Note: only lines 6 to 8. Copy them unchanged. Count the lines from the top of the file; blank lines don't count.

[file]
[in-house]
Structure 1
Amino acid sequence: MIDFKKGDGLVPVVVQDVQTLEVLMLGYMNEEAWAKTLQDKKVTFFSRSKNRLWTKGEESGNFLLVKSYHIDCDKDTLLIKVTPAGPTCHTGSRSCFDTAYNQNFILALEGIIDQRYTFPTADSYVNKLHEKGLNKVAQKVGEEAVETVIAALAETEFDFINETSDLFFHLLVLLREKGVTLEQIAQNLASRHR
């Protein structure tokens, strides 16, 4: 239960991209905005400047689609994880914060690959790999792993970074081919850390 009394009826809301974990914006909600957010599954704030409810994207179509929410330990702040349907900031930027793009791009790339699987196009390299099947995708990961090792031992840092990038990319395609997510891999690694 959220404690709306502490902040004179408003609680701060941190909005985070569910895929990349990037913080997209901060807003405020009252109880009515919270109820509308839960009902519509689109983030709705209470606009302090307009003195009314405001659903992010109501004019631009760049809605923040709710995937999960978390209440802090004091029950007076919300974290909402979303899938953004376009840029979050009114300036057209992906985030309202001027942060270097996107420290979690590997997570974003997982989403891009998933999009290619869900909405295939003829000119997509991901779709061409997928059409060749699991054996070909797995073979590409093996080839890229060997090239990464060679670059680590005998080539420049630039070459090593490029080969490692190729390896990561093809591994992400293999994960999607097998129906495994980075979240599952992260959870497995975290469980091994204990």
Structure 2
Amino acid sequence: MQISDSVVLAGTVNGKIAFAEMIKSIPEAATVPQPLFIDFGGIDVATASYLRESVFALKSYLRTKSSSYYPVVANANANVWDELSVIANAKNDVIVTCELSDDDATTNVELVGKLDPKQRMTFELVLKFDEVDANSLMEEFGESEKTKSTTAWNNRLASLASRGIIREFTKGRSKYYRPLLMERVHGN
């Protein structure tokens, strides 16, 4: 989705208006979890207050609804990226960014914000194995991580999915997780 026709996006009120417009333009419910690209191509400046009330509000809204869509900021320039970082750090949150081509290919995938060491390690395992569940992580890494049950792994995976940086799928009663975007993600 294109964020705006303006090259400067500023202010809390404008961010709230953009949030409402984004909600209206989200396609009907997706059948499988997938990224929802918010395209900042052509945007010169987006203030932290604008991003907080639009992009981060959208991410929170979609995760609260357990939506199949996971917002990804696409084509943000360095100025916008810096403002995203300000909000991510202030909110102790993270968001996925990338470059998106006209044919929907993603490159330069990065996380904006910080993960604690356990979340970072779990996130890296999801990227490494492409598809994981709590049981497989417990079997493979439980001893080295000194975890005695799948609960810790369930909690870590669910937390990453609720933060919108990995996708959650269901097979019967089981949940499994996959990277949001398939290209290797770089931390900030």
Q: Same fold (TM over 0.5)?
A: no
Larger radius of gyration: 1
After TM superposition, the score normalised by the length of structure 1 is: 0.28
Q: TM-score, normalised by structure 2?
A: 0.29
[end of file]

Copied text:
Amino acid sequence: MQISDSVVLAGTVNGKIAFAEMIKSIPEAATVPQPLFIDFGGIDVATASYLRESVFALKSYLRTKSSSYYPVVANANANVWDELSVIANAKNDVIVTCELSDDDATTNVELVGKLDPKQRMTFELVLKFDEVDANSLMEEFGESEKTKSTTAWNNRLASLASRGIIREFTKGRSKYYRPLLMERVHGN
């Protein structure tokens, strides 16, 4: 989705208006979890207050609804990226960014914000194995991580999915997780 026709996006009120417009333009419910690209191509400046009330509000809204869509900021320039970082750090949150081509290919995938060491390690395992569940992580890494049950792994995976940086799928009663975007993600 294109964020705006303006090259400067500023202010809390404008961010709230953009949030409402984004909600209206989200396609009907997706059948499988997938990224929802918010395209900042052509945007010169987006203030932290604008991003907080639009992009981060959208991410929170979609995760609260357990939506199949996971917002990804696409084509943000360095100025916008810096403002995203300000909000991510202030909110102790993270968001996925990338470059998106006209044919929907993603490159330069990065996380904006910080993960604690356990979340970072779990996130890296999801990227490494492409598809994981709590049981497989417990079997493979439980001893080295000194975890005695799948609960810790369930909690870590669910937390990453609720933060919108990995996708959650269901097979019967089981949940499994996959990277949001398939290209290797770089931390900030």
Q: Same fold (TM over 0.5)?